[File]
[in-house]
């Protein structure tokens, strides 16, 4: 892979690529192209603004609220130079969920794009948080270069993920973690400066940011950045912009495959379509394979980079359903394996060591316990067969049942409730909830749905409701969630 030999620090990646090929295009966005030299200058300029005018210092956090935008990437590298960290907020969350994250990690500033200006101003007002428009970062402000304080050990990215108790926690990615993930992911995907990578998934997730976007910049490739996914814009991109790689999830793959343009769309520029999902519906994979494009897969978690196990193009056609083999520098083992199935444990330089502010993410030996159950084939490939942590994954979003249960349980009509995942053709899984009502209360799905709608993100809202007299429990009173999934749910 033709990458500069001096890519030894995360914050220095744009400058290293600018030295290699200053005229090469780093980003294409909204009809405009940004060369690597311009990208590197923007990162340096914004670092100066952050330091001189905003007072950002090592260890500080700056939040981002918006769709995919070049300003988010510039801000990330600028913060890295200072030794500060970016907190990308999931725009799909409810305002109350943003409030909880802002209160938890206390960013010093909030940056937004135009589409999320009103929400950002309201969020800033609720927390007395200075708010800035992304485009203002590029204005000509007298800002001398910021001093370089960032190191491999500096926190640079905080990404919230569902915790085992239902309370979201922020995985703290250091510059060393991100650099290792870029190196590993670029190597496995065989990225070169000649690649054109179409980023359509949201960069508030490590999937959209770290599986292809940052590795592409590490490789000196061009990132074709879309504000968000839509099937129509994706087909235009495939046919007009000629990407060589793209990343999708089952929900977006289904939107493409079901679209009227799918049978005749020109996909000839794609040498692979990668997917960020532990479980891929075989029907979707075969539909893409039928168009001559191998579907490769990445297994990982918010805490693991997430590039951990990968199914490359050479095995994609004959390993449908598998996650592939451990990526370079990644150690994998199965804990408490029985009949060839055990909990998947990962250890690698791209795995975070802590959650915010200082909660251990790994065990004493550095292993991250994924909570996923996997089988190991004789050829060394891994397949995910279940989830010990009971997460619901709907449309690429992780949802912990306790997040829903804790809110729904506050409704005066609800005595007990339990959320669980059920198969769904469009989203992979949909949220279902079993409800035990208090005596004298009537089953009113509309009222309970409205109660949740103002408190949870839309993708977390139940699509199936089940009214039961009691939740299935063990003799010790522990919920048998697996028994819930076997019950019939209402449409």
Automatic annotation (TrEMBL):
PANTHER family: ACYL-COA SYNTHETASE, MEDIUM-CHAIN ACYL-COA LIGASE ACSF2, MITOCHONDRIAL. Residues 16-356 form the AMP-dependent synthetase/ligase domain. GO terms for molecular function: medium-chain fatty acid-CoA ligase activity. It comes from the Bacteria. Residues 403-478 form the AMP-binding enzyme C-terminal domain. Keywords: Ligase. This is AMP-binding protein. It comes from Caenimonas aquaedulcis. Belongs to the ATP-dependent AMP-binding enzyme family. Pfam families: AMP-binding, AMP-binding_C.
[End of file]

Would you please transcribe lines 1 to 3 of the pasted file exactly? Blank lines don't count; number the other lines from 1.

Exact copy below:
[in-house]
């Protein structure tokens, strides 16, 4: 892979690529192209603004609220130079969920794009948080270069993920973690400066940011950045912009495959379509394979980079359903394996060591316990067969049942409730909830749905409701969630 030999620090990646090929295009966005030299200058300029005018210092956090935008990437590298960290907020969350994250990690500033200006101003007002428009970062402000304080050990990215108790926690990615993930992911995907990578998934997730976007910049490739996914814009991109790689999830793959343009769309520029999902519906994979494009897969978690196990193009056609083999520098083992199935444990330089502010993410030996159950084939490939942590994954979003249960349980009509995942053709899984009502209360799905709608993100809202007299429990009173999934749910 033709990458500069001096890519030894995360914050220095744009400058290293600018030295290699200053005229090469780093980003294409909204009809405009940004060369690597311009990208590197923007990162340096914004670092100066952050330091001189905003007072950002090592260890500080700056939040981002918006769709995919070049300003988010510039801000990330600028913060890295200072030794500060970016907190990308999931725009799909409810305002109350943003409030909880802002209160938890206390960013010093909030940056937004135009589409999320009103929400950002309201969020800033609720927390007395200075708010800035992304485009203002590029204005000509007298800002001398910021001093370089960032190191491999500096926190640079905080990404919230569902915790085992239902309370979201922020995985703290250091510059060393991100650099290792870029190196590993670029190597496995065989990225070169000649690649054109179409980023359509949201960069508030490590999937959209770290599986292809940052590795592409590490490789000196061009990132074709879309504000968000839509099937129509994706087909235009495939046919007009000629990407060589793209990343999708089952929900977006289904939107493409079901679209009227799918049978005749020109996909000839794609040498692979990668997917960020532990479980891929075989029907979707075969539909893409039928168009001559191998579907490769990445297994990982918010805490693991997430590039951990990968199914490359050479095995994609004959390993449908598998996650592939451990990526370079990644150690994998199965804990408490029985009949060839055990909990998947990962250890690698791209795995975070802590959650915010200082909660251990790994065990004493550095292993991250994924909570996923996997089988190991004789050829060394891994397949995910279940989830010990009971997460619901709907449309690429992780949802912990306790997040829903804790809110729904506050409704005066609800005595007990339990959320669980059920198969769904469009989203992979949909949220279902079993409800035990208090005596004298009537089953009113509309009222309970409205109660949740103002408190949870839309993708977390139940699509199936089940009214039961009691939740299935063990003799010790522990919920048998697996028994819930076997019950019939209402449409």
Automatic annotation (TrEMBL):